IRS Partners with Tax Industry and State Officials to Combat Identity Theft

July 01, 2015 by Charla Suaste
Identity Theft

In March of this year, with the 2015 tax season still in full swing, IRS Commissioner, John Koskinen, was already beginning preparation for the 2016 tax season. On March 19, 2015, Koskinen gathered leading administrators from the IRS, state taxing agencies, and tax firms in the private sector, at a Security Summit. Over the course of the summit, these influential leaders in the tax industry discussed information security and talked through ideas on how to protect taxpayers in our ever-evolving world. As a result of these discussions, task forces were instituted, and these groups have begun to create and initiate essential changes which will revolutionize and improve taxpayer security in the coming years. Some of these changes may include:


  • Verifying the validity of filed tax returns through data transmission. Necessary systems will be set up to process various types of information, such as Internet addresses and computer identification data, to determine whether or not high numbers of tax returns are being processed from one location.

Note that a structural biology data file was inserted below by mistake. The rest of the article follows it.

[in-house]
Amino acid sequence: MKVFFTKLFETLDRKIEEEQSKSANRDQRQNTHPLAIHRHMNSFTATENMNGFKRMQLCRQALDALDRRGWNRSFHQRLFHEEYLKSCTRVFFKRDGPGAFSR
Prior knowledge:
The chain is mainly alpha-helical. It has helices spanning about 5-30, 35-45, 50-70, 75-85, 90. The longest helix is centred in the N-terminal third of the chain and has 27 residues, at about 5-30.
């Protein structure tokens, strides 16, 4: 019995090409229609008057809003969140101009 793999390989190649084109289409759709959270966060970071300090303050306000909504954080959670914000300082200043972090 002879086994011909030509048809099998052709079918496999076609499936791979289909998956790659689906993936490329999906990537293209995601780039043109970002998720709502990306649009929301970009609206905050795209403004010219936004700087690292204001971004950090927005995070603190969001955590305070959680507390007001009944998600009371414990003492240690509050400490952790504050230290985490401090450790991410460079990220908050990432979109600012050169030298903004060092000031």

• Data-sharing. The summit groups agreed that the sharing of fraud leads between both the public and private sectors would create a clearer data picture and, in turn, help to more quickly identify suspicious trends and possible threats.
  • Increasing taxpayer awareness. While the IRS, state taxing agencies, and privately-owned tax businesses will be taking intentional steps to prevent taxpayers from becoming victims of fraud or identity theft, there is always the possibility that the criminals will bypass the IRS entirely and head straight to your door. For this reason, it was agreed that taxpayers should be armed with the necessary information and tools to be able to protect themselves from such criminals. The summit team has already begun taking proactive steps in order to raise taxpayer awareness about how to keep their personal information secure – particularly when dealing with electronic forms of communication. This initiative is intended to continue and will expand well into 2016.


For more information on the future of taxpayer security, please call the IRS or visit the Internal Revenue Service website at

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